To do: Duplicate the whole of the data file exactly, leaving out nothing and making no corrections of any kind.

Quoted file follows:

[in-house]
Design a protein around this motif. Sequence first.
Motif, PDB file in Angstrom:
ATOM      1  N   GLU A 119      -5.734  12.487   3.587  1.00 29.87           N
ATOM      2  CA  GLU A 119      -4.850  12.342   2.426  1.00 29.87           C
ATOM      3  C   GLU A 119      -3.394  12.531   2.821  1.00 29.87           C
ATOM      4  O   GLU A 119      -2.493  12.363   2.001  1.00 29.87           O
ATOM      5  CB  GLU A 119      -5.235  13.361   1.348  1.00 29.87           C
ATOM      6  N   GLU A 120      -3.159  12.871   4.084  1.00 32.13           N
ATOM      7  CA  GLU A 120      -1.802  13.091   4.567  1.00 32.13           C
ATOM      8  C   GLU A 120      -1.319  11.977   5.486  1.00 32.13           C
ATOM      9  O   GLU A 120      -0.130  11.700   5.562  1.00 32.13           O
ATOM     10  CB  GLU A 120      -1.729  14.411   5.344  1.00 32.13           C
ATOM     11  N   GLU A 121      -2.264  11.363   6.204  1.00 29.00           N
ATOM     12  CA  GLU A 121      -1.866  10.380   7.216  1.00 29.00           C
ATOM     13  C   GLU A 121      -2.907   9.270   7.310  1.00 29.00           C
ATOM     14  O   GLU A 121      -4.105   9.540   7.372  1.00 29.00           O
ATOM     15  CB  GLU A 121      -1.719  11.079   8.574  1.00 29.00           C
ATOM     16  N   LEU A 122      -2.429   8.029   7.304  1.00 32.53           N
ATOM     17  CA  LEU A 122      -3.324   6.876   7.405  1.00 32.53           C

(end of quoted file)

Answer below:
[in-house]
Design a protein around this motif. Sequence first.
Motif, PDB file in Angstrom:
ATOM      1  N   GLU A 119      -5.734  12.487   3.587  1.00 29.87           N
ATOM      2  CA  GLU A 119      -4.850  12.342   2.426  1.00 29.87           C
ATOM      3  C   GLU A 119      -3.394  12.531   2.821  1.00 29.87           C
ATOM      4  O   GLU A 119      -2.493  12.363   2.001  1.00 29.87           O
ATOM      5  CB  GLU A 119      -5.235  13.361   1.348  1.00 29.87           C
ATOM      6  N   GLU A 120      -3.159  12.871   4.084  1.00 32.13           N
ATOM      7  CA  GLU A 120      -1.802  13.091   4.567  1.00 32.13           C
ATOM      8  C   GLU A 120      -1.319  11.977   5.486  1.00 32.13           C
ATOM      9  O   GLU A 120      -0.130  11.700   5.562  1.00 32.13           O
ATOM     10  CB  GLU A 120      -1.729  14.411   5.344  1.00 32.13           C
ATOM     11  N   GLU A 121      -2.264  11.363   6.204  1.00 29.00           N
ATOM     12  CA  GLU A 121      -1.866  10.380   7.216  1.00 29.00           C
ATOM     13  C   GLU A 121      -2.907   9.270   7.310  1.00 29.00           C
ATOM     14  O   GLU A 121      -4.105   9.540   7.372  1.00 29.00           O
ATOM     15  CB  GLU A 121      -1.719  11.079   8.574  1.00 29.00           C
ATOM     16  N   LEU A 122      -2.429   8.029   7.304  1.00 32.53           N
ATOM     17  CA  LEU A 122      -3.324   6.876   7.405  1.00 32.53           C